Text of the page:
With the birth of our next baby horse weeks away, I have spent a lot of time reflecting upon the genetics involving the father and mother. Of course, I hope that I have chosen the right combination to produce an outstanding jumper that also has a trainable mind and hungry heart. (Try finding those terms defined in a breeder’s literature about their stallion.)
Genetics mix differently with each baby. Are all your children the same? Mine are surely not. Even horses with full siblings may not look, act or move like their brother or sister.
My kids are separated out by age. Amber, my oldest is six years older than her sister, Ally, and 12 years older than her sister, Lauren. They all have distinct personalities and likes and dislikes. In some ways, Amber and Lauren look more alike and have similar likes and dislikes than their sister Ally. Genetics, it is all weird.
I am watching my baby Sims continue to grow almost before my eyes. At this point, there is little doubt that he will be close to 17 hands or so tall. But, will he be adjustable down the lines and easy to train? Will he have the heart to take on the really big fences without fear or hesitation? And no matter what his genetics say, a lot of this depends on how he is introduced to work and training. His trainer is almost as important as genetic make up. Will I be able to give Sims and Betty Sue the access to the training to adequately augment their own abilities? That is a hard one. For all of us breeding that home grown “want-to-be champions”, we can get the genetics right (or pretty right) and derail ourselves with the training.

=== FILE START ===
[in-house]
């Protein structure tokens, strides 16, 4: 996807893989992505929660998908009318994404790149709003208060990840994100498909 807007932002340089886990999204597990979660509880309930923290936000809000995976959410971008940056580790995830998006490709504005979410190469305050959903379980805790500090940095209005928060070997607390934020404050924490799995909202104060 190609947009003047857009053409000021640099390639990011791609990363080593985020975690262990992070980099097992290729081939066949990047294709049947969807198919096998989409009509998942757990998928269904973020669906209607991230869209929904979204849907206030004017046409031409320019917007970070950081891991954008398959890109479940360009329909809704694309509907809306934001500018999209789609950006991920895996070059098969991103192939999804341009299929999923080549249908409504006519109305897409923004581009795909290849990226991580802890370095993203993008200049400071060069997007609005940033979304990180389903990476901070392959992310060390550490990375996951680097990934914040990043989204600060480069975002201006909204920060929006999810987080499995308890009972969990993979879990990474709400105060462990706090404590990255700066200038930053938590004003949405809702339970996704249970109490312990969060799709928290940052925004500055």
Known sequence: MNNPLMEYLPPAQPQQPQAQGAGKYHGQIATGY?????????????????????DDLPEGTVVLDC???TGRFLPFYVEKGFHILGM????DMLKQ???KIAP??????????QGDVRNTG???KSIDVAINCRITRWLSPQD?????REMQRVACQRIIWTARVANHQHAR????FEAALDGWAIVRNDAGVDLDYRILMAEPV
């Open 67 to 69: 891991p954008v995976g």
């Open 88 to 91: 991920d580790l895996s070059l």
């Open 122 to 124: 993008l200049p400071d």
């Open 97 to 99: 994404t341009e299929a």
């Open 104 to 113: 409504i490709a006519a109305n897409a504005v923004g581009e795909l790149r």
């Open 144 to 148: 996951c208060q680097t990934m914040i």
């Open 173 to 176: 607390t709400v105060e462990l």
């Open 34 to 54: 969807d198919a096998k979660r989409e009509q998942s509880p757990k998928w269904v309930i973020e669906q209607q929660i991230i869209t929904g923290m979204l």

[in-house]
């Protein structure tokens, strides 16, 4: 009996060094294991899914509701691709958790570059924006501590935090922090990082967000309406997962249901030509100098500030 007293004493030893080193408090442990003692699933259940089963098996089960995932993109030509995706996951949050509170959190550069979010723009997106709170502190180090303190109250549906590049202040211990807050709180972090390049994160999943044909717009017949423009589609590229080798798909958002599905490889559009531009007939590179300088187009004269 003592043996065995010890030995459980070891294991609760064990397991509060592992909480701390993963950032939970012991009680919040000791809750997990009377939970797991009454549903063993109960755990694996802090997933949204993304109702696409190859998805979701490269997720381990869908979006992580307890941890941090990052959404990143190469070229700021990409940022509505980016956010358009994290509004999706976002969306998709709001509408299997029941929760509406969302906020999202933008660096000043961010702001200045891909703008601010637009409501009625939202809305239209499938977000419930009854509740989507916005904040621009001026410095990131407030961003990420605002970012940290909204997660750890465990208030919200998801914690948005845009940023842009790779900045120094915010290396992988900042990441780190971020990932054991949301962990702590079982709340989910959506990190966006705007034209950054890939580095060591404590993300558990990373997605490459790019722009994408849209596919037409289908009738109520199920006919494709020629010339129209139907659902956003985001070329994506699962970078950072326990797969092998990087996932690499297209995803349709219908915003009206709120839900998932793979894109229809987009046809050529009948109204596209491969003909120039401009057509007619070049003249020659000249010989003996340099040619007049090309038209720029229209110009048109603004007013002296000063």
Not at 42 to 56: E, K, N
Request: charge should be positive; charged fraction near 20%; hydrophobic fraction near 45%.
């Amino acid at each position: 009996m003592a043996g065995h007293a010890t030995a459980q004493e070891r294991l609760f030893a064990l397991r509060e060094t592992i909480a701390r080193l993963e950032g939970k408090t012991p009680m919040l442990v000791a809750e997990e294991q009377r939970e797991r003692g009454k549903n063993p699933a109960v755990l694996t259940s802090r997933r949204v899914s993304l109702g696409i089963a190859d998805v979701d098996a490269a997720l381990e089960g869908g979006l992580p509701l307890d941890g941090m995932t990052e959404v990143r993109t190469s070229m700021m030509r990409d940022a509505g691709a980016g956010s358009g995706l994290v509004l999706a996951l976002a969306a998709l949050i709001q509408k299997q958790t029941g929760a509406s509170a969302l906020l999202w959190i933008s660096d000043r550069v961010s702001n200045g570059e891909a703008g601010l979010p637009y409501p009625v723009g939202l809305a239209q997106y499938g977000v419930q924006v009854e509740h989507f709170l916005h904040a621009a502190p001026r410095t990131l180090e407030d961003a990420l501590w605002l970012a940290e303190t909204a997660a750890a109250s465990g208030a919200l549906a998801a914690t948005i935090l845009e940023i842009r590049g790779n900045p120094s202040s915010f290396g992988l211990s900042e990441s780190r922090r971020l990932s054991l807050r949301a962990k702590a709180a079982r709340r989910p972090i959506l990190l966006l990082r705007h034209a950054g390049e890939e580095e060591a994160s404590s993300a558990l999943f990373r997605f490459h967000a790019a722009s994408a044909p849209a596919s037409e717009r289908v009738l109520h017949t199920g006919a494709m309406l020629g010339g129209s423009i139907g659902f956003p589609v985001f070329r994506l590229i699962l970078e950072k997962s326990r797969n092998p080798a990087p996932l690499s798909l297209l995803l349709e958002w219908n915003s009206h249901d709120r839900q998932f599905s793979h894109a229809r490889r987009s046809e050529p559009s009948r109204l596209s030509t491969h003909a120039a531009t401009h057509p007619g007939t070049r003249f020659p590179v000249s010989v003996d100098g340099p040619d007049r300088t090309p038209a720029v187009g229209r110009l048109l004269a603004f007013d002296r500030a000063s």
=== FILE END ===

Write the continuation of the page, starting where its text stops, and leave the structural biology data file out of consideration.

My daughter, Amber, has been in Kansas City this week. The kids have come face to face with new cousins. Have they found kids just like themselves or totally unique individuals without similarities? When I learn of a new relative from my mom’s big family whom I have never met before I search their face for ways it looks like mine. Do you all do that?
Genetics is spellbinding to me. The key to so much and yet the mystery of so much as well. If any of it were easy, the next Derby horse would be better than the last and we would still not be telling tales of Secretariat and Man ‘O War. Or even about the heart of the $80 Champion, Snowman. I actually love that science and mystery abound still, distinct from one another. Every kid, every horse can be a champion- there is always a chance. When we try to breed the perfect horse, we know we will get less but we continue to hope for the best.
I can’t wait for this baby to be born, boy or girl, win or lose, mixing these strong Flexible Irish lines with the trainable, beautiful mover Silhouette German/Holsteiner lines, is a dream come true for me.
Thanks as always, for riding along.